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Second-hand container prices falling – Freight rates down 20 per cent

How things have changed from a shortage of container crisis that contributed to crazy global shipping costs about the situation to what is now being called an oversupply of the containers fleet. It is impacting on second-hand container prices worldwide.

The Key findings from this latest analysis are commented on by a top expert and CEO of the Container xChange, Christian Roeloffs. He gives his views on sliding container prices globally, and most important, that freight rates that are down by 20 per cent since the beginning of the year. He also gives forecast for the peak season container market.

Oversupply of containers leading to second-hand container market price correction
The oversupply of containers is contributing to second-hand container market prices plummeting, Container xChange shared in a recent analysis.

Christian Roeloffs, co-founder and CEO of Container xChange, a tech platform that simplifies the logistics of container movement said: “The current situation of oversupply of containers is a result of a series of reactionary market disruptions that began soon after the outbreak of the pandemic in early 2020.

“With the rise in demand, congestion at ports increased and the container capacity was held up for a considerably long period of time.

“This led to the panic ordering of new boxes at record levels. With time, as markets reopen and demand softens, the oversupply is a natural outcome of demand-supply forces balancing at new levels.”

“The oversupply situation does not come as a surprise because the average container prices and leasing rates have been declining globally since Sept-Oct 2021,” he added.

( More details on pricing and leasing rates, container availability fluctuations across China, India, Indian Subcontinent and the Middle East in the monthly container logistics report by Container xChange. )

Short to mid-term outlook on freight rates, spot rates and container rates
Freight rates have come down by approximately an average of 20 per cent since the beginning of the year 2022 and these will continue to slide gradually, but there will not be a massive decrease because the underlying disruptions in the supply chain are still there.

Inflation, for one, has started to create build stress on the US economy and the EU. With inflation and pandemic-induced lockdowns, disruptions will continue to change the equation between supply, demand and prices.

In the longer term, these will phase out and create a new normal balance of supply and demand.

Fresh data published by Drewry indicates an excess of 6 million TUEs of capacity in the global fleet of containers. Container xChange analysis further states that the oversupply will obviously lead to the requirement of more depot space which is already scarce. And in a scenario where we assume that the global supply chain disruptions will fade away with time, there will be higher box productivity and we will need fewer boxes per unit of cargo.

As we witness the easing of supply chain disruptions in the coming months it will lead to higher box productivity and a structural surplus of containers. If we also see further softening of demand, this will increase the supply of containers available for cargo.

There is a high possibility of a scenario where the equipment capacity will not get soaked.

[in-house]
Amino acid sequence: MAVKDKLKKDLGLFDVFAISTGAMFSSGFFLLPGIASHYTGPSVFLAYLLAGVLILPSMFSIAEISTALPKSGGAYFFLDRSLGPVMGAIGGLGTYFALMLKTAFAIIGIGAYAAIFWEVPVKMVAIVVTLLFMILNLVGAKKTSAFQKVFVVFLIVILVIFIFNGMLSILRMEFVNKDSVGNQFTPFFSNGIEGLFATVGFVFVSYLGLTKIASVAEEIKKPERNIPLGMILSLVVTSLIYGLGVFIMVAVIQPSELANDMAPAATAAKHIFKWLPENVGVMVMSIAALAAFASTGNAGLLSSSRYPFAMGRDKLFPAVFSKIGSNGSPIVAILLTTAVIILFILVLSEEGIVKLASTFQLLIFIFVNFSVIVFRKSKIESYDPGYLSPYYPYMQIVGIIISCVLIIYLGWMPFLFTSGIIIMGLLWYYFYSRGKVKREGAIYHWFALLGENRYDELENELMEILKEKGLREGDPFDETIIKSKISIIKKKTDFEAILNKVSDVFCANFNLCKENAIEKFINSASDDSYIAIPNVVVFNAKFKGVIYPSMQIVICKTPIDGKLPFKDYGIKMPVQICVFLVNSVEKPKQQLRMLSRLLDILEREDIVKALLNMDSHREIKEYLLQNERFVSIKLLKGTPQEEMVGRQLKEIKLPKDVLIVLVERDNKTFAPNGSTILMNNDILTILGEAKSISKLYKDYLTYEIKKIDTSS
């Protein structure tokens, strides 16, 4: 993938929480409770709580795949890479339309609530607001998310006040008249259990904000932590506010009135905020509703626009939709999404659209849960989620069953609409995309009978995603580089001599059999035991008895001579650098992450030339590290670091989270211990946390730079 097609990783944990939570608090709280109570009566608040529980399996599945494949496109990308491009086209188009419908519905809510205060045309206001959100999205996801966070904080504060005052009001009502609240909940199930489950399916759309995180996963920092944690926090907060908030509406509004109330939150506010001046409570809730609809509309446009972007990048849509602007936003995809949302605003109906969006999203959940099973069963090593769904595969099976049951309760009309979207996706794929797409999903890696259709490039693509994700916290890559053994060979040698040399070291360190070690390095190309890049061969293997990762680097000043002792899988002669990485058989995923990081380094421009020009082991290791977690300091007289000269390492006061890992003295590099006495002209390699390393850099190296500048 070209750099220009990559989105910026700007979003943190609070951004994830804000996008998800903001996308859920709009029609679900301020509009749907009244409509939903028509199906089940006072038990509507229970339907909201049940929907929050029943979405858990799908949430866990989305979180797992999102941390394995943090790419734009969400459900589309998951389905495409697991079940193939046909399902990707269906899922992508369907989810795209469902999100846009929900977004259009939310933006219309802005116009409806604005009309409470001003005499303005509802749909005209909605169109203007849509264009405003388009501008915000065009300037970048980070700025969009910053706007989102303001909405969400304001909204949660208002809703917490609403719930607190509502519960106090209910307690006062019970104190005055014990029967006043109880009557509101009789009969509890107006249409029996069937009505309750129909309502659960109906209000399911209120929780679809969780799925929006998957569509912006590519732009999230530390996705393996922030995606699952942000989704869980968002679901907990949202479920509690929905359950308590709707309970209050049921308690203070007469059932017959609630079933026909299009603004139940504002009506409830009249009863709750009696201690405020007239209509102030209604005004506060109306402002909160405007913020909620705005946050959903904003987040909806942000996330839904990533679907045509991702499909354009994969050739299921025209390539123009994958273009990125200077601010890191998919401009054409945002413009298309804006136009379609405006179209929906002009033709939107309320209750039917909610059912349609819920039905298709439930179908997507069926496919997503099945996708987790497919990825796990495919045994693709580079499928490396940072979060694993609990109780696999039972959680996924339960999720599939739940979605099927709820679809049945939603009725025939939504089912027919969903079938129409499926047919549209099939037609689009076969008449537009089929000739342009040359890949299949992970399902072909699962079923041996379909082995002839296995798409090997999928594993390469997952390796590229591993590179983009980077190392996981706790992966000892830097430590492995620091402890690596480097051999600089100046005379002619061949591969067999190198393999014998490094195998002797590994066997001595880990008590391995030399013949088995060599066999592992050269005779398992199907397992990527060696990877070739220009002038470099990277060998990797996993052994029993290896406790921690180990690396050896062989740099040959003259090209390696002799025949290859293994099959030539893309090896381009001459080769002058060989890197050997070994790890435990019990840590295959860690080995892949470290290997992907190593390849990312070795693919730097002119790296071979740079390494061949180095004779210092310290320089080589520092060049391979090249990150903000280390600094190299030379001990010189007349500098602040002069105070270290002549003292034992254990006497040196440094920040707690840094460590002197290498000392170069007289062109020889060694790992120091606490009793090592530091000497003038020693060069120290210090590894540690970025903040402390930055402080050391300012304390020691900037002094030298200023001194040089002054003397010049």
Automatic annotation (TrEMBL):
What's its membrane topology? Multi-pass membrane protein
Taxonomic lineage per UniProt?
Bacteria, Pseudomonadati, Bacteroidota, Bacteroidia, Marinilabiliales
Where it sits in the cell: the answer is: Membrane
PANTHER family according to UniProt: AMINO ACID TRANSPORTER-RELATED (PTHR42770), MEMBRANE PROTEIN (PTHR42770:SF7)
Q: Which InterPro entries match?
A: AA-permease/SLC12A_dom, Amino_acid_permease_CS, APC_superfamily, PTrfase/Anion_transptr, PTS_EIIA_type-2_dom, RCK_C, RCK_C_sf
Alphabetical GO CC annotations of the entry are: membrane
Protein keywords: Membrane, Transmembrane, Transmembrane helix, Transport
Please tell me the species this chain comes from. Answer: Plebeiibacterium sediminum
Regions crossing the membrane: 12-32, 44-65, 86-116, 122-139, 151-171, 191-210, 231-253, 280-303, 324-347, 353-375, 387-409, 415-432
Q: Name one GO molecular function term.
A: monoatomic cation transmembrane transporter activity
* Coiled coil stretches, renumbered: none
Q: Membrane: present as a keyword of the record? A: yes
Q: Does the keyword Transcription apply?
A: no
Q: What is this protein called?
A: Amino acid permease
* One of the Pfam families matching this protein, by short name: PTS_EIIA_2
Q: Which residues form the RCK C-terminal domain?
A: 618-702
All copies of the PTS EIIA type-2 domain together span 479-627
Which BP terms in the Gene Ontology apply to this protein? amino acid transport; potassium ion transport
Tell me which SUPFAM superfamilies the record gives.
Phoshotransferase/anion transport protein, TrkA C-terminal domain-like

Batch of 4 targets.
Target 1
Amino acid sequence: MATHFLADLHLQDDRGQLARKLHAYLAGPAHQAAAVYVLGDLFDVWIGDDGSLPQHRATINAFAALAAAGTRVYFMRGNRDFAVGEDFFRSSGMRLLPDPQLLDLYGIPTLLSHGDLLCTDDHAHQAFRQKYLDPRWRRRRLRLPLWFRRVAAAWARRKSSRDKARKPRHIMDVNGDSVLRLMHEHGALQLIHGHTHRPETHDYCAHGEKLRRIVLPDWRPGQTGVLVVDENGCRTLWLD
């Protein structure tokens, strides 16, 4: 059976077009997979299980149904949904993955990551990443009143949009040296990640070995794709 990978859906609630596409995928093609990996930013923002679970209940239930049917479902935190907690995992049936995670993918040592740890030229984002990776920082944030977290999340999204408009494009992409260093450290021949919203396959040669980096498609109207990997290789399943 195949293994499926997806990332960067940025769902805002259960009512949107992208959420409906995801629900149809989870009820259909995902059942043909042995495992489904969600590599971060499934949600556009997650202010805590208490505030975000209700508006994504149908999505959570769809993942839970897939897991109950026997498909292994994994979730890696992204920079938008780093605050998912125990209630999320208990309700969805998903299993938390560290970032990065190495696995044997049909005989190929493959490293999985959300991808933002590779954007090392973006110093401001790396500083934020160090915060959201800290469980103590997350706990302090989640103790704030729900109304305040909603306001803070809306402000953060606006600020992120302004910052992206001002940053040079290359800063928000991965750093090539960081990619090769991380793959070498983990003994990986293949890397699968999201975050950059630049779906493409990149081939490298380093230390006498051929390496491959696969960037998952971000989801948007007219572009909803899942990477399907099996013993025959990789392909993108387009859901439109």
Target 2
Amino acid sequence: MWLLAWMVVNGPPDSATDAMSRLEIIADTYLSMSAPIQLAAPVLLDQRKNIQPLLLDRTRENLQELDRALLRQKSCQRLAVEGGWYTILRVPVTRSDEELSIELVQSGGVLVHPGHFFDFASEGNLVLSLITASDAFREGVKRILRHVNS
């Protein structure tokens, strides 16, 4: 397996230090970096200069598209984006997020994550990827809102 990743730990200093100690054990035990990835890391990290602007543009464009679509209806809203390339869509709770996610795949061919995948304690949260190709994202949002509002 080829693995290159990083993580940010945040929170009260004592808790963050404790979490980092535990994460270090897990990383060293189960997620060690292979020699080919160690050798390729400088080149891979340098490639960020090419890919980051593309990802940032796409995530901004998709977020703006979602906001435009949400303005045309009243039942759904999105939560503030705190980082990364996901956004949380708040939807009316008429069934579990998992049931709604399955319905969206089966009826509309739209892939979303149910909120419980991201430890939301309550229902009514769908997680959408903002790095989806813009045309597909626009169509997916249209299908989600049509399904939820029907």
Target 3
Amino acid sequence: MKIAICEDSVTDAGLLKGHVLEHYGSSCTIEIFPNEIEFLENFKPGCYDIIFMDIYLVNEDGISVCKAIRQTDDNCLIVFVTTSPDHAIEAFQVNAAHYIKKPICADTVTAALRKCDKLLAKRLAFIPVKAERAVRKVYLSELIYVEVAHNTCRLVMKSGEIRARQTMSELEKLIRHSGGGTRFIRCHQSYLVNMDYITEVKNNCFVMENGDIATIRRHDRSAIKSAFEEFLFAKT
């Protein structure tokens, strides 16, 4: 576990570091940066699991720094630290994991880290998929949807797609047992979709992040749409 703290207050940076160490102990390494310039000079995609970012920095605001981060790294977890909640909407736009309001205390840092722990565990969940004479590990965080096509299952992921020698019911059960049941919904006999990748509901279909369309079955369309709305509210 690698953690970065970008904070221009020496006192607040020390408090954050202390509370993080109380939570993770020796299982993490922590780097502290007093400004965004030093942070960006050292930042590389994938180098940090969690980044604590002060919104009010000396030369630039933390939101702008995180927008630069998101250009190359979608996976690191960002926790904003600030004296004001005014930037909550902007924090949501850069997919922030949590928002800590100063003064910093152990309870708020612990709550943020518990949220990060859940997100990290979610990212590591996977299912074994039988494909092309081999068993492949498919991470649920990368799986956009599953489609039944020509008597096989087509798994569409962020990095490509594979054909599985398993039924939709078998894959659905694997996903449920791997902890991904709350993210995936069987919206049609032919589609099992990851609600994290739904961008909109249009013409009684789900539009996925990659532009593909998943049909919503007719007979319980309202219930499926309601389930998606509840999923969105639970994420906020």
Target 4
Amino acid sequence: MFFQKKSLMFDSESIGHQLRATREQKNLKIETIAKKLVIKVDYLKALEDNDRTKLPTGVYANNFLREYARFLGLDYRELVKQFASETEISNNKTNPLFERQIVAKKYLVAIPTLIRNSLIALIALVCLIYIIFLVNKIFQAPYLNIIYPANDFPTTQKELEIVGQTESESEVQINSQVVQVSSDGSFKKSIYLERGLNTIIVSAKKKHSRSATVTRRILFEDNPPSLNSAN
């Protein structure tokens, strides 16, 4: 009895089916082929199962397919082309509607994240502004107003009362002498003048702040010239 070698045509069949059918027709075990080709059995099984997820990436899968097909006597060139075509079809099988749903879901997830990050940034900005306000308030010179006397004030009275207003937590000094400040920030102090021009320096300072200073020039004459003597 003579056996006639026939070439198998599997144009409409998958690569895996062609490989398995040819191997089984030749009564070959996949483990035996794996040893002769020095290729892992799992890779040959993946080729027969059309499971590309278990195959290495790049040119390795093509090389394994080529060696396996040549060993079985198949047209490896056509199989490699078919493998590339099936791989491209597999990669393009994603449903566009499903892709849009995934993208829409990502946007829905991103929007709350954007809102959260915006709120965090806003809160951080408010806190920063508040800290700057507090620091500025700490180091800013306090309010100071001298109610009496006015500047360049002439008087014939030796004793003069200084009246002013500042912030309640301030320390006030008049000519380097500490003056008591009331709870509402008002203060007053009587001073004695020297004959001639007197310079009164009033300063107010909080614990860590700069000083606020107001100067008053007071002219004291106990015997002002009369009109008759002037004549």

“This situation will lead to tighter depot space, carriers will rush to get rid of their older equipment, second-hand container prices will continue to slide gradually only to reach a new normal level and the new market will dry up,” Roeloffs said.

The situation can be studied from the perspective of the market forces of demand and supply. If the demand for containers falls (resulting from the decline in consumer demand over the course of the next few months considering, the rising inflation which could contribute to negative consumer sentiment), then the supply of containers will naturally increase.

Also, price is a function of demand and supply. If demand falls and supply increases, prices will fall. And that is what is currently happening with the container prices.

The shape of the Peak Season
We’ve said it before that the main factor that has driven up prices much more than the historical levels has been a supply-side crunch over the past two years because of lengthening turnaround times of containers caused by supply chain congestions. That still holds true. We still have about 10 per cent of transport capacity tied up and removed from the value chain. Demand on the other hand has softened now.

U.S. Imports decreased by 2.4 per cent between March and April. Purchases of goods went down USD 0.1 billion as higher imports of industrial supplies and materials (up 1.8 billion) were offset by lower imports of consumer goods (down 1.5 billion). The source for this data is the U.S. Census Bureau.

An interesting point is that in the long run, ocean freight demand is forecasted as a multiplier of global GDP growth. And if global GDP doesn’t plummet by for instance five per cent, the global demand for shipping capacity will not significantly plummet.

Roeloffs concluded: “To sum up, we foresee a significant rise in the pent-up, peak season demand. This will likely keep container prices potentially stable (prevent them from falling further down or skyrocketing) in the short term as we inch closer to the peak season.”

“What remains to be seen is how the geopolitical circumstances and the pandemic-induced lockdowns (for instance, in China) play out in the coming months.”